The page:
Facebook Advertising Campaigns
I’ve run several Facebook campaigns. In my opinion they’re great for getting a page off the ground but a little pointless for a well established page. One I ran a year or so back reaped a 1000 likes, but none of them seem to engage in the posts I make, or very very few. A second campaign recently for a site on a similar topic had a similar result, except the price per like doubled over the period, so I canned it. 300 likes, almost zero engagement for the 20 or 30 posts I’ve made over the past few months.
On another FB page I built, an employee of the company spent quite of time and money establishing 10,000 likes. Engagement – very low.
Q. Do you have any suggestions for how we’re running the FB now, engagement/like-wise? what we ourselves could change to make it more influential
A. Organic likes are from people who really actually like the Facebook page topic. Likes as a result of paid adverts – I’m not so sure that that’s the case, and I’ve read at least one study that indicates that it’s largely a waste of money – all you get is an impressive figure which make the page look popular, but little engagement from those people.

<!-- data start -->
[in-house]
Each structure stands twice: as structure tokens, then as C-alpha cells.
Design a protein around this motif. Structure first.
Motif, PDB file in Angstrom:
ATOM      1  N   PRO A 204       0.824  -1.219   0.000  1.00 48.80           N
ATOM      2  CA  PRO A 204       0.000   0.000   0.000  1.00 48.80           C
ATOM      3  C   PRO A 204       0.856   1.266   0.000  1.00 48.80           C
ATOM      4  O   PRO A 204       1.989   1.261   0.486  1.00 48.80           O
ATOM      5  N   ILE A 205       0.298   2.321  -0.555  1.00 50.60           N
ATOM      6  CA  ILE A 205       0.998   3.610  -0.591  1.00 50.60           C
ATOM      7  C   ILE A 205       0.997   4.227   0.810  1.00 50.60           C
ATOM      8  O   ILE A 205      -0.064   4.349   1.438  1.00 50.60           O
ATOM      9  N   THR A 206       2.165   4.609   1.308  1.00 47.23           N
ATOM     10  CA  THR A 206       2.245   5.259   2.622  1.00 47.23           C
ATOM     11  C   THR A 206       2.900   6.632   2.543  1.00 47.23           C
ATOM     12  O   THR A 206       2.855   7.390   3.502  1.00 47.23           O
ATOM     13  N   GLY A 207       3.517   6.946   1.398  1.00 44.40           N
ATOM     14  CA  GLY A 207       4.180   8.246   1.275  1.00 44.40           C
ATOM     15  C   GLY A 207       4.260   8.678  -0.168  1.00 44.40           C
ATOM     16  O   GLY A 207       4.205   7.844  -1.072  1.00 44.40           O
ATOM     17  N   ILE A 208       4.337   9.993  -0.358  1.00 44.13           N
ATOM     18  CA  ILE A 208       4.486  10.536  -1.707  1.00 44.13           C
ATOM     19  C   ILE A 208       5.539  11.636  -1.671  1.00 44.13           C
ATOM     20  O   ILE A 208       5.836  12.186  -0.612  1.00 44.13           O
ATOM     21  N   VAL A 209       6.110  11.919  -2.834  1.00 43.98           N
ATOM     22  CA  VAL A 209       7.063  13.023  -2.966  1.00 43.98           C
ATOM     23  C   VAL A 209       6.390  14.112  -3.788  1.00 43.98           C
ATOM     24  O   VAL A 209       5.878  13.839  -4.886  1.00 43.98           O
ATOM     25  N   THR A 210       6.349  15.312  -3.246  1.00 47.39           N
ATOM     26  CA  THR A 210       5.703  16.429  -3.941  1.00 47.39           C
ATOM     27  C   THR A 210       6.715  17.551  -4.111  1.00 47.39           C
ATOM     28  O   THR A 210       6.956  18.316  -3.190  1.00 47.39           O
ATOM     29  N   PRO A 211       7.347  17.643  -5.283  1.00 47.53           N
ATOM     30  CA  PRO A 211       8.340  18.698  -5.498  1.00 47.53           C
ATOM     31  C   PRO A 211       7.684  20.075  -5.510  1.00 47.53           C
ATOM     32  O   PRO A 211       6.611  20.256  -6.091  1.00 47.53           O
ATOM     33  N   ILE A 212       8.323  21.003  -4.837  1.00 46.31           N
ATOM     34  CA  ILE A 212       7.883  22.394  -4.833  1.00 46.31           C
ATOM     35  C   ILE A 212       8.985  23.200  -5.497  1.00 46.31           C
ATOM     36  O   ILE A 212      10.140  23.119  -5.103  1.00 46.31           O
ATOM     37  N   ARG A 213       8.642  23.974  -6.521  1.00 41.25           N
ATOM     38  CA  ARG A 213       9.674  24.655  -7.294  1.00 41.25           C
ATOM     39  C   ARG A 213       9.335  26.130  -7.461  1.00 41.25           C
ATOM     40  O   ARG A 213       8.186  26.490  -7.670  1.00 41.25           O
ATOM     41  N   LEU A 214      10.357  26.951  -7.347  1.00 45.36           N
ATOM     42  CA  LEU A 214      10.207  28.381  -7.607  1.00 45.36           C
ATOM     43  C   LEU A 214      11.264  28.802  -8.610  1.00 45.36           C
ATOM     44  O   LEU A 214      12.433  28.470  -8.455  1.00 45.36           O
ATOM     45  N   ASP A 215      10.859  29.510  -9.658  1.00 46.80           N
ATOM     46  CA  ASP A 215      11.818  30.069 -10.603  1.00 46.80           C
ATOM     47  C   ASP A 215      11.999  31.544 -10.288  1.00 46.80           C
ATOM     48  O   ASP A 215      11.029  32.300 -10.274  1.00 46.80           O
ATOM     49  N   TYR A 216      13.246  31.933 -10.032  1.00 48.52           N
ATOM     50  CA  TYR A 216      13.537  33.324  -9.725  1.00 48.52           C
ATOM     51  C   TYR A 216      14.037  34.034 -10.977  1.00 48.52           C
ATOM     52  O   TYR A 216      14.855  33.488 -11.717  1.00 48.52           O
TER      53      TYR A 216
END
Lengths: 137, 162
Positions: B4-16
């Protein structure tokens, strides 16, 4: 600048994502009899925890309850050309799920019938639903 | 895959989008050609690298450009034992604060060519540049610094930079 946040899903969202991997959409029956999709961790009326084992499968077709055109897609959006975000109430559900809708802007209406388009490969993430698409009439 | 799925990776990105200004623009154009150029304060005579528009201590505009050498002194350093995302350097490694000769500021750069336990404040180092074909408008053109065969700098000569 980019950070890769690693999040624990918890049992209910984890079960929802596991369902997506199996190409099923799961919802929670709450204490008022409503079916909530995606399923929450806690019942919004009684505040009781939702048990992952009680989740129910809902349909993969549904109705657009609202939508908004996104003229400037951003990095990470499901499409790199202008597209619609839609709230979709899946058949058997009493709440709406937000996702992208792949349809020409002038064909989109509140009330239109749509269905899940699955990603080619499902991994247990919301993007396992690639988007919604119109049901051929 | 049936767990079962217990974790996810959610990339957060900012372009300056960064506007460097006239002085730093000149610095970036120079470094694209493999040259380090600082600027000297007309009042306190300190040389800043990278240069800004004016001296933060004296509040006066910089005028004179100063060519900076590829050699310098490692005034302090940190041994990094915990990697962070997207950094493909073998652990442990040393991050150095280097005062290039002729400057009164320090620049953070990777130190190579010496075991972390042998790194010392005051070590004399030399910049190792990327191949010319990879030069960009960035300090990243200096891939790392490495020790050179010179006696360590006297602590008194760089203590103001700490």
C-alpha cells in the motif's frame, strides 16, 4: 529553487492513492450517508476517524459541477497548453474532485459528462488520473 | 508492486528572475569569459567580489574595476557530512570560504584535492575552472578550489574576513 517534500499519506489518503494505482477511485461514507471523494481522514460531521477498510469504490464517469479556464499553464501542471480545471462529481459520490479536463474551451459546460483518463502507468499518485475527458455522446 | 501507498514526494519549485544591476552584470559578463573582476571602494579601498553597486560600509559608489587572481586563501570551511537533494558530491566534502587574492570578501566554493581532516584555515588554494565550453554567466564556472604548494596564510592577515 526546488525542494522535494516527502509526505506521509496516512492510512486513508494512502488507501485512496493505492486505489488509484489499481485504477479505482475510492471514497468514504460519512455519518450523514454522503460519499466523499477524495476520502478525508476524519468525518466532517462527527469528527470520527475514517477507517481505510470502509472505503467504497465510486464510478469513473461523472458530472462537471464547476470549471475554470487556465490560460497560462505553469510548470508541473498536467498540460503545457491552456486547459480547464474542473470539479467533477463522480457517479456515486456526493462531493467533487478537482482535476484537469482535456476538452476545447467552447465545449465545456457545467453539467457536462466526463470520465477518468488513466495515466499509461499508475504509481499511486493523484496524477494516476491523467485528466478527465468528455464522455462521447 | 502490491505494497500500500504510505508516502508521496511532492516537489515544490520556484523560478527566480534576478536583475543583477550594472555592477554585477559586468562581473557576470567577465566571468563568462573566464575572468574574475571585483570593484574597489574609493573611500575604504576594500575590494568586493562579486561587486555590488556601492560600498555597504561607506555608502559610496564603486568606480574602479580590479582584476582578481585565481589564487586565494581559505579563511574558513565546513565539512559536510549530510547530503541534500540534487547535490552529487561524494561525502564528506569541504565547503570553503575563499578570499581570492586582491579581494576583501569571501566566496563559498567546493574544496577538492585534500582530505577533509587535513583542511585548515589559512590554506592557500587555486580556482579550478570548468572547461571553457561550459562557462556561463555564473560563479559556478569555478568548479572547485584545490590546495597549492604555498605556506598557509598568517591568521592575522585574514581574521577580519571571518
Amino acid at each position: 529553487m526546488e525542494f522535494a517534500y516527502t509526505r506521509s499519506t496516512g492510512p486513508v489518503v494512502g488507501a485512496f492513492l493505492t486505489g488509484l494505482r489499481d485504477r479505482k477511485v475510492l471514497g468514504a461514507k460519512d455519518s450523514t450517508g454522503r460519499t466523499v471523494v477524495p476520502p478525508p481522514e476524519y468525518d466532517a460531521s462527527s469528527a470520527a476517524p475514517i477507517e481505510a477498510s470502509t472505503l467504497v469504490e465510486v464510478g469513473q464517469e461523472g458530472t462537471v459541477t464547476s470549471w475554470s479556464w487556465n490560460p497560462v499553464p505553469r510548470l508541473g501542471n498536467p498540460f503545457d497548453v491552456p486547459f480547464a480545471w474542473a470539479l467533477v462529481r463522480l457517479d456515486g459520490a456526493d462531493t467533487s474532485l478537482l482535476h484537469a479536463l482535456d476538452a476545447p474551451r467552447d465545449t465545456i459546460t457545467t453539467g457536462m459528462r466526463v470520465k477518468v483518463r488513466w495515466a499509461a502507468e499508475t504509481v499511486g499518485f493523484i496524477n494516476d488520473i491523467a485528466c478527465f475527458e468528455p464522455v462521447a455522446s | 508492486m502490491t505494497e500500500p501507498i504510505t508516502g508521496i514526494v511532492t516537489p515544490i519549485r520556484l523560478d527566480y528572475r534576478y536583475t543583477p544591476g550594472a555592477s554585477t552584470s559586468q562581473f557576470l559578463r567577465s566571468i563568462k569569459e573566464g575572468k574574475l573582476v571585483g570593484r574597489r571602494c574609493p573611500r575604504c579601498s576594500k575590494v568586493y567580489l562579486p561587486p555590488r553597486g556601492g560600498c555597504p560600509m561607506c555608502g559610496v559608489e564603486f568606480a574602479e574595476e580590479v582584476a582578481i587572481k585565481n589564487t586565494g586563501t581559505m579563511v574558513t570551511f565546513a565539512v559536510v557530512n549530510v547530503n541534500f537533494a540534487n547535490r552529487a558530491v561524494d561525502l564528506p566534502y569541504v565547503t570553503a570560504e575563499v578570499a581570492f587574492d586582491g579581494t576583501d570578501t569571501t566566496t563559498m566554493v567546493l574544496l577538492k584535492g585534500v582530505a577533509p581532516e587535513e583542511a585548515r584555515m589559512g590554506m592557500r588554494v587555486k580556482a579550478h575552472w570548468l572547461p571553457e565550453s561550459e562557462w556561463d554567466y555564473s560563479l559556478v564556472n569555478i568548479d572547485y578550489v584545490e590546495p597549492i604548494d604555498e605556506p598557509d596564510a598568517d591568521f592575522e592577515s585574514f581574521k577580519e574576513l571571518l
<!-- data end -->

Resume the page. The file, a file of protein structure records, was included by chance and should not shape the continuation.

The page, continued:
Ms1: I’ve come about some [our topic] pages with 50k page likes but zero post likes and comments… who needs that…
Eddie: I agree. I am aware that they are less effective for pages with larger audiences… however I’m not suggesting we go for likes, paying for like are almost pointless. I’m suggesting boosting exposure of popular posts (ones which are really interesting) that way you target people who are interested in the [our topic] and if they like the content they will most likely ‘like’ the page, I think this method is more relevant.
Russell: I agree with you on that, Eddie. If paying for boosts, go for the sidebar – adverts in the main feed are way too expensive, IMO. But a keeping a close eye on the opening stages of a campaign would give answers.
Eddie: it’s a long game and it will take a while to see if it is effective. But it is definitely better to get the likes organically (and really the likes from this are not what we’re after, the likes come later) these will be the people more likely to share and comment our posts.
Russell: Something to bear in mind, too, is that most posts are seen by perhaps 5% of your audience. So if you have 35,000 likes, the posts go out to fewer than 2000 of them. I think that would be close to accurate.
Someone who opposes your views may click on your paid advert to increase your costs. I would not recommend doing this to right-wing disninformation or betting sites, of course, and would never do it myself.